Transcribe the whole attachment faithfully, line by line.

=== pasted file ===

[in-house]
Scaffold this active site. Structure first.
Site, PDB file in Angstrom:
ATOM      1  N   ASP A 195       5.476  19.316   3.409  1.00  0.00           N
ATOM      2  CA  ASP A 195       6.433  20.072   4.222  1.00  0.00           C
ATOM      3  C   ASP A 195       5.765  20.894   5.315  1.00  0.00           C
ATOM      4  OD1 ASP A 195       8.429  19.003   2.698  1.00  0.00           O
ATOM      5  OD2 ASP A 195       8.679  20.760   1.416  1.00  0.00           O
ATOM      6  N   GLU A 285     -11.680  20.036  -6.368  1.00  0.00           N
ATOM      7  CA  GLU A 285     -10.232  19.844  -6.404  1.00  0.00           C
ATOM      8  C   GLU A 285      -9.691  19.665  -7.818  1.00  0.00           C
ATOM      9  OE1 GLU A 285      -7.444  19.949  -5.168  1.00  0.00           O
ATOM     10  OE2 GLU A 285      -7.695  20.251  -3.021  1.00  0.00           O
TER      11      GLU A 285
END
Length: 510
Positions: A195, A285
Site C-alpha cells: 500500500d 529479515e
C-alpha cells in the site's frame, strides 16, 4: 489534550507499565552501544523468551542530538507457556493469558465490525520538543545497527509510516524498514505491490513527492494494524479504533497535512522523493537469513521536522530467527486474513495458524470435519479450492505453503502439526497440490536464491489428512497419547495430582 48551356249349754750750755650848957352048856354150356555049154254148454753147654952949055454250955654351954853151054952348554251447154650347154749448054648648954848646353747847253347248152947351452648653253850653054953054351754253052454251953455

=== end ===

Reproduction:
[in-house]
Scaffold this active site. Structure first.
Site, PDB file in Angstrom:
ATOM      1  N   ASP A 195       5.476  19.316   3.409  1.00  0.00           N
ATOM      2  CA  ASP A 195       6.433  20.072   4.222  1.00  0.00           C
ATOM      3  C   ASP A 195       5.765  20.894   5.315  1.00  0.00           C
ATOM      4  OD1 ASP A 195       8.429  19.003   2.698  1.00  0.00           O
ATOM      5  OD2 ASP A 195       8.679  20.760   1.416  1.00  0.00           O
ATOM      6  N   GLU A 285     -11.680  20.036  -6.368  1.00  0.00           N
ATOM      7  CA  GLU A 285     -10.232  19.844  -6.404  1.00  0.00           C
ATOM      8  C   GLU A 285      -9.691  19.665  -7.818  1.00  0.00           C
ATOM      9  OE1 GLU A 285      -7.444  19.949  -5.168  1.00  0.00           O
ATOM     10  OE2 GLU A 285      -7.695  20.251  -3.021  1.00  0.00           O
TER      11      GLU A 285
END
Length: 510
Positions: A195, A285
Site C-alpha cells: 500500500d 529479515e
C-alpha cells in the site's frame, strides 16, 4: 489534550507499565552501544523468551542530538507457556493469558465490525520538543545497527509510516524498514505491490513527492494494524479504533497535512522523493537469513521536522530467527486474513495458524470435519479450492505453503502439526497440490536464491489428512497419547495430582 48551356249349754750750755650848957352048856354150356555049154254148454753147654952949055454250955654351954853151054952348554251447154650347154749448054648648954848646353747847253347248152947351452648653253850653054953054351754253052454251953455